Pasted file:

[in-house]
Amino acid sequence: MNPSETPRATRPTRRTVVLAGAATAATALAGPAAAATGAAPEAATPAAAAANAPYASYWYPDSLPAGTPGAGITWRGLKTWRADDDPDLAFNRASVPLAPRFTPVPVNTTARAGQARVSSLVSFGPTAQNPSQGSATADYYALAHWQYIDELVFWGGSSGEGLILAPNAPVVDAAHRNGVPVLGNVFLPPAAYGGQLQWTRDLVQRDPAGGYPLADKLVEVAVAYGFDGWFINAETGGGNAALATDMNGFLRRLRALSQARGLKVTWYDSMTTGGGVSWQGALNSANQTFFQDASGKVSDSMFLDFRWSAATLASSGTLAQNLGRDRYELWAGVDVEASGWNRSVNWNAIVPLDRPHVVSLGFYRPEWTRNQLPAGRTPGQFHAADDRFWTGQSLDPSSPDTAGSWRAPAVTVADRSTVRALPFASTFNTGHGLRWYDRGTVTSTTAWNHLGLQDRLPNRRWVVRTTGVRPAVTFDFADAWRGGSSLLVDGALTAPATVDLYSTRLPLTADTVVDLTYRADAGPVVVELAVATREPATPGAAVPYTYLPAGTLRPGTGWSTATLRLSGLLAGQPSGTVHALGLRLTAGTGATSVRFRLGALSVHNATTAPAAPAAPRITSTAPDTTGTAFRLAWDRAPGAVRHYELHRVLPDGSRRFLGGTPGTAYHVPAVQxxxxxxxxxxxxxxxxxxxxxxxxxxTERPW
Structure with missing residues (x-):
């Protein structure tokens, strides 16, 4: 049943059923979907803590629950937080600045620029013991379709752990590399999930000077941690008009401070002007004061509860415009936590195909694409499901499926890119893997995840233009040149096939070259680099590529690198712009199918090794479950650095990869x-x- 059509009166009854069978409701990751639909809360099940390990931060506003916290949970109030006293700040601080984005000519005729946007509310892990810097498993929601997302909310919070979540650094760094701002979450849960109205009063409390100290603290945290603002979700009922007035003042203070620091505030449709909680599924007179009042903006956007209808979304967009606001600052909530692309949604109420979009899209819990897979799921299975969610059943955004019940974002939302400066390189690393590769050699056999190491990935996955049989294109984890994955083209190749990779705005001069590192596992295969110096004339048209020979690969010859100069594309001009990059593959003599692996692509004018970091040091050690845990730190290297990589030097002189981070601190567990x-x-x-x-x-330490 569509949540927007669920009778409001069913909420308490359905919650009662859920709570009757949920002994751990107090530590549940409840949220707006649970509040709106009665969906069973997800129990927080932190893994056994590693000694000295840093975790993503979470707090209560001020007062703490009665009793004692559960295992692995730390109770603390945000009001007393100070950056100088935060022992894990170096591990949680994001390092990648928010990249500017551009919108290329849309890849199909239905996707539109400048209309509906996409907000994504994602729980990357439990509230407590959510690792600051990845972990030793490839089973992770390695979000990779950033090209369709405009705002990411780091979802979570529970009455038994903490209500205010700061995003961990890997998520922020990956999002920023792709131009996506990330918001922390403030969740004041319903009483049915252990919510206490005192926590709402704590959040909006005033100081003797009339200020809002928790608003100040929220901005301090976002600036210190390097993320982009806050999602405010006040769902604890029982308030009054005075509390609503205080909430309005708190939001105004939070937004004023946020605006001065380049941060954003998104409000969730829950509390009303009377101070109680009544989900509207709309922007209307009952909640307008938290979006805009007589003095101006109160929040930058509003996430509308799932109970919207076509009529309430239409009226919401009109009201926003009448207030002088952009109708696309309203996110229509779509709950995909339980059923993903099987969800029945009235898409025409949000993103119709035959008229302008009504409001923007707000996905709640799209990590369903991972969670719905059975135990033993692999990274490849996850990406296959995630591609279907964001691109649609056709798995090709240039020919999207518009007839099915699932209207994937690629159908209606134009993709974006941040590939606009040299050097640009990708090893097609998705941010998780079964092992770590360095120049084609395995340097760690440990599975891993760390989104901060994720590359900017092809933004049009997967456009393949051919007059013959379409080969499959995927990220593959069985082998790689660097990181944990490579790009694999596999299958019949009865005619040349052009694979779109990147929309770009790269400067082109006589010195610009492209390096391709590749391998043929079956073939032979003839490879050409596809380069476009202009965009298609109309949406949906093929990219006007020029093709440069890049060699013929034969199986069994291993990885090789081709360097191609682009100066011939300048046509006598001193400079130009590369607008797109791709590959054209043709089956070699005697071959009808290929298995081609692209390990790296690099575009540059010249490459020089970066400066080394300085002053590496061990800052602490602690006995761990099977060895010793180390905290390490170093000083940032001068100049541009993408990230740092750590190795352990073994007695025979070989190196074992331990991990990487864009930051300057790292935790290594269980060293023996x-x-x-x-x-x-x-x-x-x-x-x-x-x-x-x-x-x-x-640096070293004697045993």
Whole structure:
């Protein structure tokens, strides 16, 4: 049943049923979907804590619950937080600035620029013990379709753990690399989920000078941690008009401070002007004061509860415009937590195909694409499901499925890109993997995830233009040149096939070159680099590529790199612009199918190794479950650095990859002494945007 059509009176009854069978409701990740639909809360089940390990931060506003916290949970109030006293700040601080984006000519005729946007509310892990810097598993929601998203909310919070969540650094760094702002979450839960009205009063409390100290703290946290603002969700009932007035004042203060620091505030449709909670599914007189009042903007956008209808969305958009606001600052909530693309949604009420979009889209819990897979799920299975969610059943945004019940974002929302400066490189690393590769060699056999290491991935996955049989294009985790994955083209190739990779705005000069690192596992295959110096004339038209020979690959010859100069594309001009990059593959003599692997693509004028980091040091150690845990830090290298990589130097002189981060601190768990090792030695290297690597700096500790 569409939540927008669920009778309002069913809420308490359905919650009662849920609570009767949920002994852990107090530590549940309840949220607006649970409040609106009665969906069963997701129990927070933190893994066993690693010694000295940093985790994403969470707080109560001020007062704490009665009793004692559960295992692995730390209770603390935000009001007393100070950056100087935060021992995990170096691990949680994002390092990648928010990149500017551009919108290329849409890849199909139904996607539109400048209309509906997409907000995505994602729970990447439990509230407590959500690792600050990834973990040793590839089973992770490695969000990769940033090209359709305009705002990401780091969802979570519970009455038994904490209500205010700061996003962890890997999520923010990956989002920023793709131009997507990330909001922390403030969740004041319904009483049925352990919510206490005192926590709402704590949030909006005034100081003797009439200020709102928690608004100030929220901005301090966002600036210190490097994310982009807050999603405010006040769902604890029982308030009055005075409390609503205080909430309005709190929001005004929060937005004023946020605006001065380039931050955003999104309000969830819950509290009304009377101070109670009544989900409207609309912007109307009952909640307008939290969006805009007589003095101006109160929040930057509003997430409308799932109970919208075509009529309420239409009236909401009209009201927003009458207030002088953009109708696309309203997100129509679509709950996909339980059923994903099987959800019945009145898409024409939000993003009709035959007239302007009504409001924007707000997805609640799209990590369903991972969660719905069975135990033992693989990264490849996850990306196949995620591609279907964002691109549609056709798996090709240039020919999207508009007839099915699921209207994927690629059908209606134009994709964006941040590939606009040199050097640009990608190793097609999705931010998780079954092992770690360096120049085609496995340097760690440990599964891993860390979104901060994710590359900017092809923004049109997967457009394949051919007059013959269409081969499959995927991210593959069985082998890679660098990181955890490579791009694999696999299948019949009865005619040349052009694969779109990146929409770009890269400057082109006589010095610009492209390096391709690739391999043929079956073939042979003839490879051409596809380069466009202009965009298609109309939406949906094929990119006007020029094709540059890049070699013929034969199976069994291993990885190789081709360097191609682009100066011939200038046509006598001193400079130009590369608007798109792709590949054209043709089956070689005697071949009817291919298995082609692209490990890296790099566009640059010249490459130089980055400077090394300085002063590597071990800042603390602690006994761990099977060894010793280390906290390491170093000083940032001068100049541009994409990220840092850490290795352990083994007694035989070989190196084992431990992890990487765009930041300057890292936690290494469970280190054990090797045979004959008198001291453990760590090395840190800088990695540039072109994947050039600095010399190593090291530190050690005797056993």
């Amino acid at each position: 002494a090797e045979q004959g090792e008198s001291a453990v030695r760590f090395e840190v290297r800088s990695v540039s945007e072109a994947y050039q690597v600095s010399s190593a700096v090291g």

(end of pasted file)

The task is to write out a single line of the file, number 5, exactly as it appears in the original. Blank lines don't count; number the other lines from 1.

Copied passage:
Whole structure: